GMJ: Well, here be the truth of the matter–we had perhaps 5 pages of descriptions of our merry-jig metal. Here are 13 more unholy tabards, which may ease your piles ;
1) Tumultuous Teutonic Templar Thrash
2) Hammering Heraldic Metal
3) Crusader Core
4) Horse-mounted Head-banging Metal
5) Castle-dwelling Cacophonic Rock
6) Jousting Jongleur Jazz
7) Round Table rock'n'roll
8) Dragon-slaying Death Metal
9) Mace-swinging Masonic Metal
10) Grand Lodge Grunge
11) Siege-engine Sonic Attack
12) Post-Medieval Punk
13) Dark-Age Doom Rock
SLUG: Is there something, if anything, you’d hope listeners take away from listening to Jaldaboath?
GMJ: Jaldaboath wish to spread far and wide the troubadour metal of yesteryear–if you can jangle your giblets to our rousting rock, then betwixt you and the moon, there be a million dreams !
In depth reviews—because they deserve more than one paragraph!
Run Thick in the Night
U.S. Christmas = Earth + Hawkwind + Brain Eno + Om + Neurosis
Why a review of the new USX in the weekly metal blog? The term Heavy Metal is always a subjective one and I’ve never been one to piddle around and debate what is metal and what isn’t. This is an album that open-minded metal fans will want to know about and listen to. Hell, this album is more metal than the lame acoustic folk albums that a lot of the pagan metal bands are churning out. It’s denser than the plethora’s of post-rock/metal albums that are multiplying on a large scale that waters down the genre of some truly outstanding bands and artists. It’s a musically humble yet weighted album with potent poetic lyricisms that deserve every nuance and attentive portion of a listener’s conscious and subconscious.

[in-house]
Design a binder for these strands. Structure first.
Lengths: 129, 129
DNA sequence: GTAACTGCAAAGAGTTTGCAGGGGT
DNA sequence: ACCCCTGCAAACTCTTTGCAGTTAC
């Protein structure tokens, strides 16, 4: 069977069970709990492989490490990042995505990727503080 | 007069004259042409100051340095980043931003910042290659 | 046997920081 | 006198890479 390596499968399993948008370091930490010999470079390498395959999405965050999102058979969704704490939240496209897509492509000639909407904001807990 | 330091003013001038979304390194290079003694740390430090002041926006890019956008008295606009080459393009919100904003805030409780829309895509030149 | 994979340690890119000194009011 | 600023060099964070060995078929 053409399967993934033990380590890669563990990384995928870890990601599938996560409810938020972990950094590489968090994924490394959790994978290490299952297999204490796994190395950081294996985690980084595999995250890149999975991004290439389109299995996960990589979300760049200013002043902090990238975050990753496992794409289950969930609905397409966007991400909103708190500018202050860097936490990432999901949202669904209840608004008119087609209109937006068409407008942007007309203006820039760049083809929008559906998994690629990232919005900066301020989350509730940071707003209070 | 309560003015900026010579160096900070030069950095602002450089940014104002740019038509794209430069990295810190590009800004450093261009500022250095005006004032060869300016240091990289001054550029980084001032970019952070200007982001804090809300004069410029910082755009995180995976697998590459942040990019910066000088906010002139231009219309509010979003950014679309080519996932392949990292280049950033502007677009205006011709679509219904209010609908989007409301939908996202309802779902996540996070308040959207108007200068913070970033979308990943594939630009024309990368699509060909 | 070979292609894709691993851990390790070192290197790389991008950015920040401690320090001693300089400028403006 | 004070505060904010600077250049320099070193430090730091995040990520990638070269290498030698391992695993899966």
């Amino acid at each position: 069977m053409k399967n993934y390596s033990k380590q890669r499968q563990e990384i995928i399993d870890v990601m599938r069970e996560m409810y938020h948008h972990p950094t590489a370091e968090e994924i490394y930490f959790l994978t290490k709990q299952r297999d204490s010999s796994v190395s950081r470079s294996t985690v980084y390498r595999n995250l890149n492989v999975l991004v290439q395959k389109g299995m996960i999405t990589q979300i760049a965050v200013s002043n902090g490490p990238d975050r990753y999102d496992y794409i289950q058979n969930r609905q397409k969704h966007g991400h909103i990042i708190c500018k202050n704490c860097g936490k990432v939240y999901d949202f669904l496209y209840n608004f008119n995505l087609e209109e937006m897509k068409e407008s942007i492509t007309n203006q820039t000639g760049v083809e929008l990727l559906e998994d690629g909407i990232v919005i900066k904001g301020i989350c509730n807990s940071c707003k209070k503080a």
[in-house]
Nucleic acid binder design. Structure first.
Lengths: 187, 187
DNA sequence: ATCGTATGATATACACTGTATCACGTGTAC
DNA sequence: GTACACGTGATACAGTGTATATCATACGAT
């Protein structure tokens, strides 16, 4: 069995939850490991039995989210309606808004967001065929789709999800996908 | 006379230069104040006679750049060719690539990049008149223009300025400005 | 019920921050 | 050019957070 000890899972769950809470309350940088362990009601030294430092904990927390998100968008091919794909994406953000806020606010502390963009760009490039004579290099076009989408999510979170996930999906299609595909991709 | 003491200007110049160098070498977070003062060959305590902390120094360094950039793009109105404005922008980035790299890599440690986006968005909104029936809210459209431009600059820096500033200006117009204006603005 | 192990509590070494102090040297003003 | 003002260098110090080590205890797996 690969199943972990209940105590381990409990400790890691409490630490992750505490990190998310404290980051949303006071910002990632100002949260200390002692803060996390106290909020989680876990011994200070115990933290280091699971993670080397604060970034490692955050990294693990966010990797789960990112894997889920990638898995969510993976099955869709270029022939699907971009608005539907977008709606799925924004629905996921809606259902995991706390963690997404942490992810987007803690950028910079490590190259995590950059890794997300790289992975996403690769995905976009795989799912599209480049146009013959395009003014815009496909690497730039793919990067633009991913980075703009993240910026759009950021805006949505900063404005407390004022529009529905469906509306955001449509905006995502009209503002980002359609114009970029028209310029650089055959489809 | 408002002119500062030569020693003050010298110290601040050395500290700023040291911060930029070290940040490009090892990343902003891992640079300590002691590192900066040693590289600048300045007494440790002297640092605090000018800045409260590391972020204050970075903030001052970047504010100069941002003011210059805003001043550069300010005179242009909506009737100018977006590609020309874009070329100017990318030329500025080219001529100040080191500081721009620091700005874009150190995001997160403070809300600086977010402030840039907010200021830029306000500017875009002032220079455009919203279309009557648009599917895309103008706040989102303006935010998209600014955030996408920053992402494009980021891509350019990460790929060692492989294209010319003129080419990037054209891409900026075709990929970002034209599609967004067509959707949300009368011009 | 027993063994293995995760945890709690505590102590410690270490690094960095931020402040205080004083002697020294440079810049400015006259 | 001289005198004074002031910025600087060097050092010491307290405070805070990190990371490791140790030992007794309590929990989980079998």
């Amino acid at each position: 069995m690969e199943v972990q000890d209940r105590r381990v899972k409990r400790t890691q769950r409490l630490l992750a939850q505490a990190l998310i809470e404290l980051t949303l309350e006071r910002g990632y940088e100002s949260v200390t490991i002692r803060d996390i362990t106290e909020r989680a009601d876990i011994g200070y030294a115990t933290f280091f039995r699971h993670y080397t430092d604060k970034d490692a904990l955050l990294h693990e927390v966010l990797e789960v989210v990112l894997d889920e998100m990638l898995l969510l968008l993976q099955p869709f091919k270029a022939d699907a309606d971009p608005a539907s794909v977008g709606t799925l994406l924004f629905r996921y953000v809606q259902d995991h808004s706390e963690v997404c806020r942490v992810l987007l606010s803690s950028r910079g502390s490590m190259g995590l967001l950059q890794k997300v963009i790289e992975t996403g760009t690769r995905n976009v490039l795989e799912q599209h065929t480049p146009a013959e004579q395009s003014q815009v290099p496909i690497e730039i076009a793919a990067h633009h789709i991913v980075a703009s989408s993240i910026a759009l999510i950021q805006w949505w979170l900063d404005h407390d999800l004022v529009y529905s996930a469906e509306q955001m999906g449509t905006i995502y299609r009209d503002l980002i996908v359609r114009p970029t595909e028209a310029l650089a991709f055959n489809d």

Run Thick in the Night is USX fifth-full length album and my first endeavor into the band’s extremely unique and tightly crafted musical realm. Running close to an hour and a half of Run Thick in the Night is easily what I would call epic listening. It’s highly sedating and mesmerizing and has the poignant ability to attach itself to your psyche if you’re in the right state of mind. This just hit my “need to own on vinyl” list. It’s not a record to really be absorbed in portions and picking up tracks here and there–that method simply won’t reveal what the album achieve when listened to as one single musical entity. Seven members strong the album meanders like a cold stream in the forest at night it has some intensity in some songs with distorted guitars that provide some slow soul crushing rhythmic pulsations. There also detail attentive and beautiful acoustic guitars accompanied by heavenly violins. Themes tend to stay the same throughout the record but the songs almost have double identities to them. At one point they can feel humbly simple with long subduing focus on just an overall sense of rhythm that derives a pleasant meditative state of mind. Equally at the same time what can feel like a simple rolling melodic and repetitive type of song can easily expands your mental boundaries within the layers that lie in the songs. USX Run Thick in the Night pushes what initially can be a sedative sonic experience into a mind bending one - leading to an aural sensory garden that opens doors into blissful self contemplative trains of thought and a Serotonin producing feeling.